The helmets move in sync, across a straight line, moving diagonally to the right side of the field as soon as the ball is snapped.
Running back Mark Ingram is handed the ball. Senio Kelemete misses his assignment, letting a defensive lineman get into the backfield. Right tackle Thomas Welch takes off up the field to block someone in the second level. Everyone else keeps pushing right.
Ingram follows his men and immediately hits the hole opened by right guard Jason Weaver and tight end Josh Hill. Defenders are closing in. It looks like the play will go into the books as a gain of 6 or 7 yards. Instead, Ingram spins out of an arm tackle by Rams safety Cody Davis, turning a decent run into a gain of 22.
This is the latest, greatest example of the Saints’ outside zone-blocking scheme coming together to harvest positive results for the running game. It wasn’t always like this. Last August, the scheme was hailed as the savior to all that ailed an anemic New Orleans running game, but it took at least half the season before the scheme looked like something other than a failed experiment.
There’s a reason many of the teams around the league that operate out of zone schemes use it exclusively. Unlike more basic man schemes, which require offensive lineman to block the man across from him, zone schemes require the offensive line to operate as one unit and move in sync. It’s a series of choreographed steps. Not seek and destroy.
According to offensive lineman Zach Strief, players need to get a feel for the scheme for it to become second nature. The only way to get there is by going through countless repetitions — something New Orleans was not initially afforded last year.
Unlike some of the other teams that operate exclusively out of zone, the Saints have adopted the outside-zone scheme but still employ down, power, and other blocking schemes. It’s a lot to keep up with and meant that the zone scheme installed wasn’t given enough time to fully come together after it was installed last offseason.
“I’ve talked to guys that have played in it for their whole career and they say a lot of it is just feel — the ability to know when to leave the down guy, when to climb, how far you need to go,” Strief said. “There’s a lot of nuances in that scheme. That’s why the teams that run it only run it. It’s all they do, because there is a lot of feel and it took time.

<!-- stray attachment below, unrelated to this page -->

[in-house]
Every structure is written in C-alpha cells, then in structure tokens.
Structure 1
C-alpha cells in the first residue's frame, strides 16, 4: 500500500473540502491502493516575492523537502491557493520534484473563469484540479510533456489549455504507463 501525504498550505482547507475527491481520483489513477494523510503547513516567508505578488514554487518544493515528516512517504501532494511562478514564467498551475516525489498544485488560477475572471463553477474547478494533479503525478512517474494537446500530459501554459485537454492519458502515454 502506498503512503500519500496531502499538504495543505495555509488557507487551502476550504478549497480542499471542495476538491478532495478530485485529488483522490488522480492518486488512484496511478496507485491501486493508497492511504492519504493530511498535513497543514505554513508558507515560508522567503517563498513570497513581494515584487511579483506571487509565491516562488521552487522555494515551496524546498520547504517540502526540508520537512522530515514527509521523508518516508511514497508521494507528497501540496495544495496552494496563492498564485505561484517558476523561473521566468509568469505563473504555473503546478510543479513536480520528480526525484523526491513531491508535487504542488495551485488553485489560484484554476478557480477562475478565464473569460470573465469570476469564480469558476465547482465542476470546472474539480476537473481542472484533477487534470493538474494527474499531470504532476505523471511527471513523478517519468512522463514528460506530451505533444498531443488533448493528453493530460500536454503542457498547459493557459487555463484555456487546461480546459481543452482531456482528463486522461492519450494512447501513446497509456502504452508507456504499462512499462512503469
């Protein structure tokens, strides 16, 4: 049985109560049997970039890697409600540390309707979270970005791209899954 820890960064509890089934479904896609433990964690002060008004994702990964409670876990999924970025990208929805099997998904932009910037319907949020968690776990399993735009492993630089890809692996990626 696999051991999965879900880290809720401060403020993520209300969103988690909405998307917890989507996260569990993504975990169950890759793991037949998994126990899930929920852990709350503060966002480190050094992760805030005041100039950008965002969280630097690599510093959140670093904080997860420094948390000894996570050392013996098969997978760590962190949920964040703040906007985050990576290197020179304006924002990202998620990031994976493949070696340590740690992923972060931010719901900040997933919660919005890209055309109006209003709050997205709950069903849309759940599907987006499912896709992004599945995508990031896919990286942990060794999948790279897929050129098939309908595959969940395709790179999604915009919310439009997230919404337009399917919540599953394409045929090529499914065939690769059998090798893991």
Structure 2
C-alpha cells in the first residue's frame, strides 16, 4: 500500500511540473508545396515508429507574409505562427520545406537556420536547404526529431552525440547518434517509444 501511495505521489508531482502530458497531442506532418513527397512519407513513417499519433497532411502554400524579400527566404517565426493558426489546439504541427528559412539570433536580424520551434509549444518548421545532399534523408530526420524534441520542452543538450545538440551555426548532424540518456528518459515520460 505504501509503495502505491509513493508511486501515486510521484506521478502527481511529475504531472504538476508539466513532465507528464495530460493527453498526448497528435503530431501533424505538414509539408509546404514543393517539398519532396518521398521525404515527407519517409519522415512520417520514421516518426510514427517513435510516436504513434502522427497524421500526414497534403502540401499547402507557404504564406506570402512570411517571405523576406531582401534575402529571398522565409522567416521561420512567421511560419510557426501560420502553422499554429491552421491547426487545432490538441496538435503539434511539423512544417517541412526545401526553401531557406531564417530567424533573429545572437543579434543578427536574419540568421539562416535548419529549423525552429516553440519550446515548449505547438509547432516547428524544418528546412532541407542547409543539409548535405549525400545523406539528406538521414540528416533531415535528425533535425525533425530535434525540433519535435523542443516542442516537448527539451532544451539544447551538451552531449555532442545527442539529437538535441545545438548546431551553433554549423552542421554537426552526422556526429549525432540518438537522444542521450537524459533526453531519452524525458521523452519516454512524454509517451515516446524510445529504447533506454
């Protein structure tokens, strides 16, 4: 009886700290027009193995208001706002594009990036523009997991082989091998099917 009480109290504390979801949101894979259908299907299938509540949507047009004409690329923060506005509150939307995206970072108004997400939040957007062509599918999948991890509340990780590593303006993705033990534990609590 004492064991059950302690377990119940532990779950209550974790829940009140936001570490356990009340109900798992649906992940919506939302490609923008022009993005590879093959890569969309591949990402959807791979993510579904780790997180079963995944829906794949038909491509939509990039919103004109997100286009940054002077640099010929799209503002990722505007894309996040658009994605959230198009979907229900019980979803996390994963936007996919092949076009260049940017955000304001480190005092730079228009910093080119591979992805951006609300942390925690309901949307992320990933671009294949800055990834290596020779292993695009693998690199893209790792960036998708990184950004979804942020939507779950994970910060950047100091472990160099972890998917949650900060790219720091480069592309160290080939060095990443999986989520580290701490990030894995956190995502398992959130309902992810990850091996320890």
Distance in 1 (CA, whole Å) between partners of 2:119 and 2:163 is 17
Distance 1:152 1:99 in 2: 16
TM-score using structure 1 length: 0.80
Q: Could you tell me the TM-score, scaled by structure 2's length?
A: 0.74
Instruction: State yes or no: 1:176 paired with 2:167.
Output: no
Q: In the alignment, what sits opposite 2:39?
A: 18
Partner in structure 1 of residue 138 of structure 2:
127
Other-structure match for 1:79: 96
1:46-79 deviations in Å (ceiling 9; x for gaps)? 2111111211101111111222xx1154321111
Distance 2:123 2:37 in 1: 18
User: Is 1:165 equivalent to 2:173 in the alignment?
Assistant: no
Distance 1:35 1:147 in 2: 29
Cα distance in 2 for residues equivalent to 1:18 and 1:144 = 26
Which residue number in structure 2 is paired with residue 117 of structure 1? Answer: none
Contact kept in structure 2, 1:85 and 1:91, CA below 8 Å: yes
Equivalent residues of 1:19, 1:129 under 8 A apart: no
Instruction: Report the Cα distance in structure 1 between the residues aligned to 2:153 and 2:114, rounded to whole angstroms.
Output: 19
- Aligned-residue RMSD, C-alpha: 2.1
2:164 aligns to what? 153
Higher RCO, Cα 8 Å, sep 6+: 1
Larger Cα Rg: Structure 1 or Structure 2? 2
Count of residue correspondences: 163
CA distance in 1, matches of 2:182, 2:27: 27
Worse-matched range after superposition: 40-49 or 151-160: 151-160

“We have a very multiple offense. We do a lot of stuff, so sometimes we’re not getting the amount of reps at that as a zone team would.”
The multiples haven’t felt so complex this camp. Things have slowed down and the feel is there. It might not have been obvious during the second preseason game against the Tennessee Titans (27 carries for 78 yards), but the line’s increased comfort showed up in the first one against the St. Louis Rams (24 carries for 123 yards).
And, really, the axis began to shift several months ago. The Saints averaged 79 rushing yards over the first eight games of last season. The second half of the slate saw them pick up an average of 104 yards per game. Then there was a playoff game against the Eagles in which New Orleans racked up 185 rushing yards.
Now, averaging 104 yards per game — a figure that would have placed the Saints 22nd in the NFL if they had maintained that figure over 16 games — is not something to celebrate. But the increase of nearly 30 yards per game was a point of pride for the Saints and has given the offensive line more confidence in their ability to run block.
“Guys understand landmarks, footwork, how we’re trying to hit these guys,” offensive line coach Bret Ingalls said. “The runners are doing a great job, tight ends are doing a better job. I just think over time it’s improved because you work at it and things get better.”
“I think we are much better than we were last year,” guard Ben Grubbs said. “We understand what the coaches want. As far as an offensive unit, I think we’re all on the same page.”
The question now is if a full season of zone will better help running backs such as Ingram. He ran behind a zone scheme while at Alabama, where he rushed for 3,261 yards over three seasons and claimed the Heisman as a sophomore.
He hasn’t had the same success in New Orleans. Over three seasons, Ingram has rushed for 1,462 yards on 356 carries, though he did average 4.9 yards per carry last season.
“Yeah,” Ingalls said when asked if Ingram looks more comfortable running behind a zone scheme. “If it’s blocked better, it’s even better.”
The Saints aren’t exclusively a zone team like Alabama, but the hope is that another season with some familiar blocking elements will help Ingram achieve his potential and alleviate the burden carried by the passing game.
In some respects, even though outside opinion differs in some corners, the Saints feel Ingram finally met the bell last season after a somewhat disappointing start to his career.
“It’s funny how sometimes it feels like somebody is jinxed,” Ingalls said. “Suddenly they’re having some production and yet there might be a negative player or two in there and that’s all anyone remembers. But, boy, this camp he’s been really productive.”
There’s a reason Ingram has looked so good. The answer lies in the trenches.